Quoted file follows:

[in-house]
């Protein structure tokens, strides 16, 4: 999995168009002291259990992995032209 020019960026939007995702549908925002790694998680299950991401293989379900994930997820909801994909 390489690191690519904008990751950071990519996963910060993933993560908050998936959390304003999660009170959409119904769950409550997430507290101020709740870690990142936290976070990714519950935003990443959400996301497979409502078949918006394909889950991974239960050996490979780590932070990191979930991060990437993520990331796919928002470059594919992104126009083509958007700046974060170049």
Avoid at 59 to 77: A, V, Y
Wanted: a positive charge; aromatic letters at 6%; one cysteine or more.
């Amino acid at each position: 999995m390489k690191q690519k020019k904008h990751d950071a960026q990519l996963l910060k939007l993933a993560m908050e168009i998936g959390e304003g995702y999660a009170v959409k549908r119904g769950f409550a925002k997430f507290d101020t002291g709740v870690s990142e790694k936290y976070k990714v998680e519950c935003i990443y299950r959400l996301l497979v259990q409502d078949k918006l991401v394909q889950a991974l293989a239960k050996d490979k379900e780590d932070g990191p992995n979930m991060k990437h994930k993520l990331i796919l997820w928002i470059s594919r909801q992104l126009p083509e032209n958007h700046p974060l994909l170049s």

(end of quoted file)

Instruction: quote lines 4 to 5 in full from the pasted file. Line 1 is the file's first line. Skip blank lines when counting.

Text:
Wanted: a positive charge; aromatic letters at 6%; one cysteine or more.
């Amino acid at each position: 999995m390489k690191q690519k020019k904008h990751d950071a960026q990519l996963l910060k939007l993933a993560m908050e168009i998936g959390e304003g995702y999660a009170v959409k549908r119904g769950f409550a925002k997430f507290d101020t002291g709740v870690s990142e790694k936290y976070k990714v998680e519950c935003i990443y299950r959400l996301l497979v259990q409502d078949k918006l991401v394909q889950a991974l293989a239960k050996d490979k379900e780590d932070g990191p992995n979930m991060k990437h994930k993520l990331i796919l997820w928002i470059s594919r909801q992104l126009p083509e032209n958007h700046p974060l994909l170049s």